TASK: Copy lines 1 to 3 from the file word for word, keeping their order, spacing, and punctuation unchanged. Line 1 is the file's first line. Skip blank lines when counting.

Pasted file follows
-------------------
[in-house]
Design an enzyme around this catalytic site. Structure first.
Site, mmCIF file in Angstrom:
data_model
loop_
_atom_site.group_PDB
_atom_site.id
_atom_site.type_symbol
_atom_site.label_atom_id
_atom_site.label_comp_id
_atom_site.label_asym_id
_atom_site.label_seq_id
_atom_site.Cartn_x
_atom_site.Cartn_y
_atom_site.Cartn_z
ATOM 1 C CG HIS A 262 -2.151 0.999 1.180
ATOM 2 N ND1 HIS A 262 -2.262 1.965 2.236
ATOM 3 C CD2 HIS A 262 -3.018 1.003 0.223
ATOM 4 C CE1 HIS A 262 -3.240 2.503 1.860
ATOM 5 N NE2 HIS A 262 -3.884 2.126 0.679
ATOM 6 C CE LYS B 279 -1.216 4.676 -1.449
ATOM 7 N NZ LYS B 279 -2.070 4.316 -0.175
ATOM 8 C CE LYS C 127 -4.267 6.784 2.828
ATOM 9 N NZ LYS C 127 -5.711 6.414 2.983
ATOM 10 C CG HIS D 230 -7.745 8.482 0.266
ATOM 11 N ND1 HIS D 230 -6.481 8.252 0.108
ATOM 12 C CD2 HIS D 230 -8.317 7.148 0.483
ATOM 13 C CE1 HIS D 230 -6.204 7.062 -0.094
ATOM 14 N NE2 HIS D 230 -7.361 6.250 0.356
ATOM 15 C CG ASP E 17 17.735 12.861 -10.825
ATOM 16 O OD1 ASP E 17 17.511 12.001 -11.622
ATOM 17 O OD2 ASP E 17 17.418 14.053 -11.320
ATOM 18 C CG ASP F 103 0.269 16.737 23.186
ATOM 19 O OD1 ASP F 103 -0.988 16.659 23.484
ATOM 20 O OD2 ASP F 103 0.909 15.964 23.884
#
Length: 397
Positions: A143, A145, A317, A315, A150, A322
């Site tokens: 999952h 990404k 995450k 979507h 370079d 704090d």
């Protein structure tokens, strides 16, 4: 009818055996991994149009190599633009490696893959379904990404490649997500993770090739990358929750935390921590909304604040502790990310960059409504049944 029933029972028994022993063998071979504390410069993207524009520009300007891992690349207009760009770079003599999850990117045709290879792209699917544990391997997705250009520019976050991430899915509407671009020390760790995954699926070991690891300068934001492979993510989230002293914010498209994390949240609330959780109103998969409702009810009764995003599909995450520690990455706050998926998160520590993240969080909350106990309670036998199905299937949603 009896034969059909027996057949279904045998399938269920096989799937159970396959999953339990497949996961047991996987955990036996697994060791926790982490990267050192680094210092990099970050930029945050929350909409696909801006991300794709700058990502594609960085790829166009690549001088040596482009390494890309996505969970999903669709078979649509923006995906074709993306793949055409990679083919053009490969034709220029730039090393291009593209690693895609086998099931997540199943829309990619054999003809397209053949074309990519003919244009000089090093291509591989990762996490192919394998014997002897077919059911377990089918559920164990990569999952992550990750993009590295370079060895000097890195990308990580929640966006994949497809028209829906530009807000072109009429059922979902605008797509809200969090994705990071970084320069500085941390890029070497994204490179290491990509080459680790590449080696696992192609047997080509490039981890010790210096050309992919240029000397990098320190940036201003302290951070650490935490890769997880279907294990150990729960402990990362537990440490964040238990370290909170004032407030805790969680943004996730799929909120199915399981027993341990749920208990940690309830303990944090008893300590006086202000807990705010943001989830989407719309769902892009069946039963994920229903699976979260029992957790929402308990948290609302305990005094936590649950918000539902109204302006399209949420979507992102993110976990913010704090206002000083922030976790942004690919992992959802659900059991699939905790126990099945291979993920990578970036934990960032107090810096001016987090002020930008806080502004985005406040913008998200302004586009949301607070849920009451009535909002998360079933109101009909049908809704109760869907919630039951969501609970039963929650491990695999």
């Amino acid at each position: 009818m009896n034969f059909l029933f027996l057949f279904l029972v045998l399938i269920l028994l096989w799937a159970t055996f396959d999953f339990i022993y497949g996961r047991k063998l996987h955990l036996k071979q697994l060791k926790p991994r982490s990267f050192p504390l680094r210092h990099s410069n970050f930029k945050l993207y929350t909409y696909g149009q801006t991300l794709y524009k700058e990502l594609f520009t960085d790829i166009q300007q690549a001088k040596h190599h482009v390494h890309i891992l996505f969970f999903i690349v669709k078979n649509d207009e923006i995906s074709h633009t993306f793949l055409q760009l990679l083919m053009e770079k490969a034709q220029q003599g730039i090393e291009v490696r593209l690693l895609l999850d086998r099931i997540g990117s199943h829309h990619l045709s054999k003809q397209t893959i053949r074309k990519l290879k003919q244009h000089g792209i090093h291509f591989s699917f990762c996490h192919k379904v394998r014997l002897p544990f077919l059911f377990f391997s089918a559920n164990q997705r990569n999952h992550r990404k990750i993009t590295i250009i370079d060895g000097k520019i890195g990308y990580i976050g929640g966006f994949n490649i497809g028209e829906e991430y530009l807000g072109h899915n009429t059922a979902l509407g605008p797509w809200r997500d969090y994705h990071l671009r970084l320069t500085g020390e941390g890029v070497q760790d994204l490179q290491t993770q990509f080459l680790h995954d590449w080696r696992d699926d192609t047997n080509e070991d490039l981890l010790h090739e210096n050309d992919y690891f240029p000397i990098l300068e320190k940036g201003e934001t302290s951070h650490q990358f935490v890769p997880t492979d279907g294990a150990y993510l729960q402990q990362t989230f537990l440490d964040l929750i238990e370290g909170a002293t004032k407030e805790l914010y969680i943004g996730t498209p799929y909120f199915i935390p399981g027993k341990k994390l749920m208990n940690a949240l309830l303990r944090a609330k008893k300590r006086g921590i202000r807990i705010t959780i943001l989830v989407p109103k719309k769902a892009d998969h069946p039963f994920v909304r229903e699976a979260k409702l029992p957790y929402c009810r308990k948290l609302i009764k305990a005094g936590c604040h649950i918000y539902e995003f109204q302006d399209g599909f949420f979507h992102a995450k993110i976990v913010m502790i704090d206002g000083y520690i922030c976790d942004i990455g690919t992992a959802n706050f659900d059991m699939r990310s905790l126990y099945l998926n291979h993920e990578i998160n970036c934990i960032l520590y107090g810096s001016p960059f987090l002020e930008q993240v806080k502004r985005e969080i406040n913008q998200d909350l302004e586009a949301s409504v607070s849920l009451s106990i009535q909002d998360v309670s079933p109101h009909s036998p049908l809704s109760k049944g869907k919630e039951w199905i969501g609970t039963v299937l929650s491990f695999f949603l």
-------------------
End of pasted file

[in-house]
Design an enzyme around this catalytic site. Structure first.
Site, mmCIF file in Angstrom: